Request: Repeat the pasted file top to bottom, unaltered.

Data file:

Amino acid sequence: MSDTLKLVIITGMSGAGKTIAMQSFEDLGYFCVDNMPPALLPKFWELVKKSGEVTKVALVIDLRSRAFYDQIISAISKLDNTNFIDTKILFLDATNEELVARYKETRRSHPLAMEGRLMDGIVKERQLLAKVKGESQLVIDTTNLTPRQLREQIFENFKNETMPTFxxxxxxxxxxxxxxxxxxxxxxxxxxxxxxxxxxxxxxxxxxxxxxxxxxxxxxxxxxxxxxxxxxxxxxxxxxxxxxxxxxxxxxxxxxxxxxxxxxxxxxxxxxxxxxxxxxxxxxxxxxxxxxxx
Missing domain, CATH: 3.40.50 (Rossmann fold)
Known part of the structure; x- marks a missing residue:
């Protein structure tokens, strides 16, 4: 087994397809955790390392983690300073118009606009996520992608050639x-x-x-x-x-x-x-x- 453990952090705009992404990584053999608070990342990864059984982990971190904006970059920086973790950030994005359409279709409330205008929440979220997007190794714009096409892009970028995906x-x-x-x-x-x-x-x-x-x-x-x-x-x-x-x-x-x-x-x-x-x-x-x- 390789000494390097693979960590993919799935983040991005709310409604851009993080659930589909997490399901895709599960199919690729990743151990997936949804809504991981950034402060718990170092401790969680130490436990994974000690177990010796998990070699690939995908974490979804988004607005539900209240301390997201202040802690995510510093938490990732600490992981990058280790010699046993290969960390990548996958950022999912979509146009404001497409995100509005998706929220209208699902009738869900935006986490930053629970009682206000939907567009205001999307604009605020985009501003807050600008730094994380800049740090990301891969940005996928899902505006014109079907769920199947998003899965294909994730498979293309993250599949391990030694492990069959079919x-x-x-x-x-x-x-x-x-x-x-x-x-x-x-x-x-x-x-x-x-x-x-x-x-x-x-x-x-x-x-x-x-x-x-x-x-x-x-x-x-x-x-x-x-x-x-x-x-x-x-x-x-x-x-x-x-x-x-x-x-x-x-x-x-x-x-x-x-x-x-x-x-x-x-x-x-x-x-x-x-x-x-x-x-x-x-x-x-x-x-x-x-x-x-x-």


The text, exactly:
Amino acid sequence: MSDTLKLVIITGMSGAGKTIAMQSFEDLGYFCVDNMPPALLPKFWELVKKSGEVTKVALVIDLRSRAFYDQIISAISKLDNTNFIDTKILFLDATNEELVARYKETRRSHPLAMEGRLMDGIVKERQLLAKVKGESQLVIDTTNLTPRQLREQIFENFKNETMPTFxxxxxxxxxxxxxxxxxxxxxxxxxxxxxxxxxxxxxxxxxxxxxxxxxxxxxxxxxxxxxxxxxxxxxxxxxxxxxxxxxxxxxxxxxxxxxxxxxxxxxxxxxxxxxxxxxxxxxxxxxxxxxxxx
Missing domain, CATH: 3.40.50 (Rossmann fold)
Known part of the structure; x- marks a missing residue:
């Protein structure tokens, strides 16, 4: 087994397809955790390392983690300073118009606009996520992608050639x-x-x-x-x-x-x-x- 453990952090705009992404990584053999608070990342990864059984982990971190904006970059920086973790950030994005359409279709409330205008929440979220997007190794714009096409892009970028995906x-x-x-x-x-x-x-x-x-x-x-x-x-x-x-x-x-x-x-x-x-x-x-x- 390789000494390097693979960590993919799935983040991005709310409604851009993080659930589909997490399901895709599960199919690729990743151990997936949804809504991981950034402060718990170092401790969680130490436990994974000690177990010796998990070699690939995908974490979804988004607005539900209240301390997201202040802690995510510093938490990732600490992981990058280790010699046993290969960390990548996958950022999912979509146009404001497409995100509005998706929220209208699902009738869900935006986490930053629970009682206000939907567009205001999307604009605020985009501003807050600008730094994380800049740090990301891969940005996928899902505006014109079907769920199947998003899965294909994730498979293309993250599949391990030694492990069959079919x-x-x-x-x-x-x-x-x-x-x-x-x-x-x-x-x-x-x-x-x-x-x-x-x-x-x-x-x-x-x-x-x-x-x-x-x-x-x-x-x-x-x-x-x-x-x-x-x-x-x-x-x-x-x-x-x-x-x-x-x-x-x-x-x-x-x-x-x-x-x-x-x-x-x-x-x-x-x-x-x-x-x-x-x-x-x-x-x-x-x-x-x-x-x-x-």